Groovy-Eclipse provides a compiler plugin for Maven. Using the compiler plugin, it is possible to compile your maven projects using the Groovy-Eclipse compiler.
Groovy-Eclipse configurator for M2Eclipse
If you are going to be working with your maven project inside of Eclipse, it is strongly recommended that you install the Groovy-Eclipse configurator for M2Eclipse. The feature is currently available from the Groovy-Eclipse snapshot update:
Once Groovy-Eclipse 2.5.2 is released, the configurator will also be available from the release update site.
How to use the compiler plugin---Setting up the POM
In your plugin section, you must change the compiler used by the maven-compiler-plugin. Like the javac ant task, the maven-compiler-plugin does not actually compile, but rather delegates the compilation to a different artifact (in our case, the
By default, this will use Groovy 1.8.0 to compile your code. If you would prefer to use 1.7.10, then add another dependency to the maven-compiler-plugin:
This will allow Groovy files to be compiled. The maven-compiler-plugin prefers all source files to be in
src/test/java, but if you prefer you can use the standard Groovy convention and keep your files in
src/test/groovy. You can do so by adding the following plugin to your build section of the pom:
The groovy-eclipse-compiler recognizes all settings supported by the maven-compiler-plugin.
Note that the groovy-eclipse-compiler and groovy-eclipse-batch artifacts are now available in Maven-central, so there is no longer any need to explicitly declare any extra repositories.
Sample project and source code
There is an archetype available for this project. You can use it through a command like this:
A sample project using the compiler plugin as well as the source code for the plugin itself are available from the Codehaus.org subversion repository:
Why another Groovy compiler for Maven? What about GMaven?
There are several benefits that the compiler plugin provides over GMaven, but at the same time it has a few limitations. First, the benefits:
- The compiler plugin does not require the creation of Java stubs so that your Groovy files can compile against Java files. This will prevent some arcane compile errors from appearing.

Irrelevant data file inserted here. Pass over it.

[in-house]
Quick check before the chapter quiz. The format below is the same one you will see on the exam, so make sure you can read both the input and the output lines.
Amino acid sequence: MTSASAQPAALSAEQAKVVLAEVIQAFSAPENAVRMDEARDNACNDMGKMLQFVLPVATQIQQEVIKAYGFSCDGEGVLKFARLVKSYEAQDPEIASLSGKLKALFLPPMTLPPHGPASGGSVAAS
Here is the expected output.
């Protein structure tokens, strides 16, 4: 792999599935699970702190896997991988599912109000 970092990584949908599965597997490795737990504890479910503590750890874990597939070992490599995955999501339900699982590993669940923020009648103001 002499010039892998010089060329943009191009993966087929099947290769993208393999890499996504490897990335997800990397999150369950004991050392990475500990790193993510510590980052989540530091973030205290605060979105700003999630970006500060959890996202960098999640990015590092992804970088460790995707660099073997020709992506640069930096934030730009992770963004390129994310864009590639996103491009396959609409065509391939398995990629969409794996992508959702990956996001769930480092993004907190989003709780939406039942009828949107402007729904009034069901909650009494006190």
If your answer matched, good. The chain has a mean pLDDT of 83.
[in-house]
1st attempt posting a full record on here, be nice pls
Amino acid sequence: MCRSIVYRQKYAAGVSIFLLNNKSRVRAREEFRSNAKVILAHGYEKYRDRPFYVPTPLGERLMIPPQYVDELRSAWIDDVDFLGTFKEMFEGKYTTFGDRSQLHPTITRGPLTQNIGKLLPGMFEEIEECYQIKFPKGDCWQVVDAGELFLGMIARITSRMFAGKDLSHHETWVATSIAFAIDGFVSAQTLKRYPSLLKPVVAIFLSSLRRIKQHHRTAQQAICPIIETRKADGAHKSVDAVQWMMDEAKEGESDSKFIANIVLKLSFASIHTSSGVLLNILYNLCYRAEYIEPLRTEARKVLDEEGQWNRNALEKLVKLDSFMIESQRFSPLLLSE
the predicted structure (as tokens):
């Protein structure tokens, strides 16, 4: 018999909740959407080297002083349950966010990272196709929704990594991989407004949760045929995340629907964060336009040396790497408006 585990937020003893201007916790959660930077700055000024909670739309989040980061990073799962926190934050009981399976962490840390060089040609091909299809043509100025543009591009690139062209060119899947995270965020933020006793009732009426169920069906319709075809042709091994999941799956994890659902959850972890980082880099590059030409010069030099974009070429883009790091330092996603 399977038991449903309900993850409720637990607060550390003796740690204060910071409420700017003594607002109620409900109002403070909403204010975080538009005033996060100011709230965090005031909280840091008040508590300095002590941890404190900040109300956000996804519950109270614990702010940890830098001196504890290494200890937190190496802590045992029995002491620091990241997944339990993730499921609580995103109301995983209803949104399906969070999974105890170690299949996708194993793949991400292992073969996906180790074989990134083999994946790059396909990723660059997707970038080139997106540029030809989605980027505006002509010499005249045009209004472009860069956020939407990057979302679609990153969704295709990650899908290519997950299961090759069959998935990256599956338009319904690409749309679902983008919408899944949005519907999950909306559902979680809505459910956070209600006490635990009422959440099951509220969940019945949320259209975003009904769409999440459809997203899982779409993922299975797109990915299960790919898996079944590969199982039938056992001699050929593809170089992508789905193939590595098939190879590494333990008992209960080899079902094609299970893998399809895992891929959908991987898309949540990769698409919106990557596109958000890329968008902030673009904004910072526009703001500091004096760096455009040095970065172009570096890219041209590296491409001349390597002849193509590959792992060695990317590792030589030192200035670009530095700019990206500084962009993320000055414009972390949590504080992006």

- The Groovy-Eclipse compiler is the same inside Eclipse and inside Maven, and so configuration across the two platforms can be simplified.
- The compiler plugin is a standard compiler plugin for Maven. It therefore follows all allows all the same standard configuration that the Javac compiler plugin uses. This makes it simpler to introduce Groovy into an existing Maven project. All you need to do is change the compiler plugin that the pom references.
There are some limitations:
- GroovyDoc tool is not supported because the compiler plugin does not produce stubs.
- Groovy Mojos are not supported.
- Groovy scripts cannot be executed in your poms.
- Groovy compiler options are not passed through to the compiler.
defaultScriptExtensioncompiler option is not supported.
Whether or not the Groovy-Eclipse compiler plugin for Maven is appropriate for your project will depend on your requirements.
Groovy-Eclipse also provides integration with m2eclipse, the Eclipse's tool support for Maven. Currently, this support is only meant to be used with existing GMaven projects. It will have no effect on groovy-eclipse-compiler projects. If you want to use groovy-eclipse-compiler projects in maven, then you should use the maven-eclipse-plugin as described above.
Using this integration will ensure that your GMaven projects will be properly configured when they are imported into Eclipse. You can install the integration from the following update site: